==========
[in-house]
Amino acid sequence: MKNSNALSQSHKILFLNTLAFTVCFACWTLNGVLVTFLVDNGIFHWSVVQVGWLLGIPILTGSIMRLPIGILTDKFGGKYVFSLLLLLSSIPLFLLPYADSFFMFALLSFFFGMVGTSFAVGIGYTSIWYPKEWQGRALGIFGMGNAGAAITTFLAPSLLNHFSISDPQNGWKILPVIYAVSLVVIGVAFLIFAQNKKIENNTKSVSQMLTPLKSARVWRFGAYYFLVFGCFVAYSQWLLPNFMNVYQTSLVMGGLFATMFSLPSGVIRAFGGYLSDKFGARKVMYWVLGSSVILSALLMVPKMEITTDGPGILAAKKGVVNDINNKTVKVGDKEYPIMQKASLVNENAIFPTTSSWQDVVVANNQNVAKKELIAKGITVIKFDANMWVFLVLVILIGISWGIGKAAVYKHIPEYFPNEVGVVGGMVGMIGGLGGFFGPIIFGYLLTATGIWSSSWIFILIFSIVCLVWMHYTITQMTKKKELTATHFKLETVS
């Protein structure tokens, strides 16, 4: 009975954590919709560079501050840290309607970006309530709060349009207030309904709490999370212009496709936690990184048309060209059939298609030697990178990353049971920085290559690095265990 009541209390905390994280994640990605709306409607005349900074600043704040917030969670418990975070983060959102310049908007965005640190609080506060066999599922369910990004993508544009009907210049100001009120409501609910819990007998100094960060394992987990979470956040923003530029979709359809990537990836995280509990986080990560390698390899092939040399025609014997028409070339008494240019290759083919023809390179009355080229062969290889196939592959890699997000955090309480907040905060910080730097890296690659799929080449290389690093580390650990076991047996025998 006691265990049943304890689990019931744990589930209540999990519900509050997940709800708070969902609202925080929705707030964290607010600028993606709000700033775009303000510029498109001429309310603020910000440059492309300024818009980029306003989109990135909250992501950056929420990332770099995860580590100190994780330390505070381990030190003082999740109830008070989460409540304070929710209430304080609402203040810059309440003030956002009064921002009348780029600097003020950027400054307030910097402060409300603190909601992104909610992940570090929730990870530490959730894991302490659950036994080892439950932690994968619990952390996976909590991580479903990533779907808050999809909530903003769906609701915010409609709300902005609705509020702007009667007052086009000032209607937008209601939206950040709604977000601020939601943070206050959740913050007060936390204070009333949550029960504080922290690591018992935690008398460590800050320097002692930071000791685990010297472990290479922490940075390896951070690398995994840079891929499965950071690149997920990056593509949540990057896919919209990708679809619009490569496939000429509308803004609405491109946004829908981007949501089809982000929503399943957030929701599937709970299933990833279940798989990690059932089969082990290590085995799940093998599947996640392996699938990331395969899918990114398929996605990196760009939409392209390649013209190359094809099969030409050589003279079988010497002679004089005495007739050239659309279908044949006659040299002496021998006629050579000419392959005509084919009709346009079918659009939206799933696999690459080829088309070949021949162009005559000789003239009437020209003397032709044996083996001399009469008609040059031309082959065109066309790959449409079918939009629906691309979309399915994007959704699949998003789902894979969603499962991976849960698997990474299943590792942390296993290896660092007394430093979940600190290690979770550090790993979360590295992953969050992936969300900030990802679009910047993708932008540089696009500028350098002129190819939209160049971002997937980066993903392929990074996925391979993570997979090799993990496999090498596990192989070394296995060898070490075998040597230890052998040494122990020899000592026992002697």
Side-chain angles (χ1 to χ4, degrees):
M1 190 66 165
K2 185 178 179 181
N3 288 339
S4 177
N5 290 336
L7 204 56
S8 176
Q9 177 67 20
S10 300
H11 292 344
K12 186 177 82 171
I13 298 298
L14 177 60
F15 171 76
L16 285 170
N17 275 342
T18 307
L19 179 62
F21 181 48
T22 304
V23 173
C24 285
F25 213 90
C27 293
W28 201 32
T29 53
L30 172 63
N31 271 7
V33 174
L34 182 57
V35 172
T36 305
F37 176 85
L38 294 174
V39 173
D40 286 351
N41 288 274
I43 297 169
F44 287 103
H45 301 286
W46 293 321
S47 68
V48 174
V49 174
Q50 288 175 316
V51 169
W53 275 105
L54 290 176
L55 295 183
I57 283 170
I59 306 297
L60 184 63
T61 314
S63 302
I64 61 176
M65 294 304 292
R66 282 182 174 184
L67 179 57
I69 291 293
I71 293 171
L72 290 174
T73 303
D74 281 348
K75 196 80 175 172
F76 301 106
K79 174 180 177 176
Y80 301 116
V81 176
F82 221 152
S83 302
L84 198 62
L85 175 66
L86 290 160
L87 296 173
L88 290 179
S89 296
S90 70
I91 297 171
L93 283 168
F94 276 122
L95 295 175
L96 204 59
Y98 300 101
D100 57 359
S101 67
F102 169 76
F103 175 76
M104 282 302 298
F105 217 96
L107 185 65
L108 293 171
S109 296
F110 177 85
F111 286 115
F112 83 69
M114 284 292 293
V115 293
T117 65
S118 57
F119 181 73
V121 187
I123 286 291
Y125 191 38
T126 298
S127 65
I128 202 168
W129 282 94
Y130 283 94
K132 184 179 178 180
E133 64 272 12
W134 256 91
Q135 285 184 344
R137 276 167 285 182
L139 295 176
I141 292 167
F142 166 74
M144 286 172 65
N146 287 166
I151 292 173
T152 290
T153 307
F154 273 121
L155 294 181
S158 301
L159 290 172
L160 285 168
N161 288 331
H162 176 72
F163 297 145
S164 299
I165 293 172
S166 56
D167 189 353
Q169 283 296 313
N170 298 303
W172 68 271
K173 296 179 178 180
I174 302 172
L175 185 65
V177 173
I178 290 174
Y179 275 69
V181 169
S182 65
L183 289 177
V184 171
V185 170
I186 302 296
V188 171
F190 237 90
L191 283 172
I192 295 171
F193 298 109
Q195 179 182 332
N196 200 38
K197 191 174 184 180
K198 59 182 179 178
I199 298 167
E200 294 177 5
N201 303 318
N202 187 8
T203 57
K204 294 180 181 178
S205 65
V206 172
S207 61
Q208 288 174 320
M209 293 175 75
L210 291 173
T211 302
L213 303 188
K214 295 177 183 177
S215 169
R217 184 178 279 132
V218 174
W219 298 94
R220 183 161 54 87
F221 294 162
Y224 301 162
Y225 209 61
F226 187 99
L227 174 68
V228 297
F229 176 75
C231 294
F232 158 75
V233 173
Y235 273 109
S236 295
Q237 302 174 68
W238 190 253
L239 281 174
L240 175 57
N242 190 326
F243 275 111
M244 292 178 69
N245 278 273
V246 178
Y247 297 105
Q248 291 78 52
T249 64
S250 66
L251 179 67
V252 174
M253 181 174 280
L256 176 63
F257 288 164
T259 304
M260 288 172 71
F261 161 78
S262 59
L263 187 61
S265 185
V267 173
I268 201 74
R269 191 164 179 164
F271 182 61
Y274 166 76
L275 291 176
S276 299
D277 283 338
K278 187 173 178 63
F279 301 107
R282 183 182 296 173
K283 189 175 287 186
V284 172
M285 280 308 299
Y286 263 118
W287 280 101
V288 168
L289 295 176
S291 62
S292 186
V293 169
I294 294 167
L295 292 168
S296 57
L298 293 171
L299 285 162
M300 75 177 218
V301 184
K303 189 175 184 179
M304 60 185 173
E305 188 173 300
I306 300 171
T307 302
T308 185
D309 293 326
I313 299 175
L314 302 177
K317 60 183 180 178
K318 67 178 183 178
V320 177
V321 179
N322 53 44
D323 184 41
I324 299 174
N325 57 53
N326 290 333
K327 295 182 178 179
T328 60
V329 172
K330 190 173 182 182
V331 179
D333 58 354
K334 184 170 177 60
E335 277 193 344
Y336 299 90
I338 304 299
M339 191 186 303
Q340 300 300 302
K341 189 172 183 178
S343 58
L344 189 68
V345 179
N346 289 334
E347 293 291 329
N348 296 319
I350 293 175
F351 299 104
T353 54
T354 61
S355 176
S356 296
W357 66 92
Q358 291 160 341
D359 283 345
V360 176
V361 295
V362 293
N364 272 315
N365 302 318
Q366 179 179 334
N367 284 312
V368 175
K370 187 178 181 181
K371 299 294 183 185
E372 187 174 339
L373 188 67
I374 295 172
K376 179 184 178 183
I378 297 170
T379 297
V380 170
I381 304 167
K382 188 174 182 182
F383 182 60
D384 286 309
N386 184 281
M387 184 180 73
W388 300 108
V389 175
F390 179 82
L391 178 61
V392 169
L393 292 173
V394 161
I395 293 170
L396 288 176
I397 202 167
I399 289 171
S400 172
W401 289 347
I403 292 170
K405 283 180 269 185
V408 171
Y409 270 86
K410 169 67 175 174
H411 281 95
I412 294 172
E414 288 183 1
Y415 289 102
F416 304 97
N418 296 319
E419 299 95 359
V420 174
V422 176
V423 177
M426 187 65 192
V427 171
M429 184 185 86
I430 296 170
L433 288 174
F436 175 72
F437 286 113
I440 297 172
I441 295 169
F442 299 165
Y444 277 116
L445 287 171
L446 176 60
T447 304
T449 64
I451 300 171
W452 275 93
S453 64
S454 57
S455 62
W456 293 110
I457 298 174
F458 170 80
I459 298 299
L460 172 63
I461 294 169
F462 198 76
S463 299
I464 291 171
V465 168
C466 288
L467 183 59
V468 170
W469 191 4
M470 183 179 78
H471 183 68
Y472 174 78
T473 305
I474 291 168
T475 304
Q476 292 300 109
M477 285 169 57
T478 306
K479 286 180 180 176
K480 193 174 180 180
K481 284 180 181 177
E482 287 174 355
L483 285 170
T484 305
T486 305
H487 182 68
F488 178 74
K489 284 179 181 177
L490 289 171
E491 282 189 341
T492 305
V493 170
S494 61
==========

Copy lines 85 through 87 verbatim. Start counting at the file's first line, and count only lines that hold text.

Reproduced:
L95 295 175
L96 204 59
Y98 300 101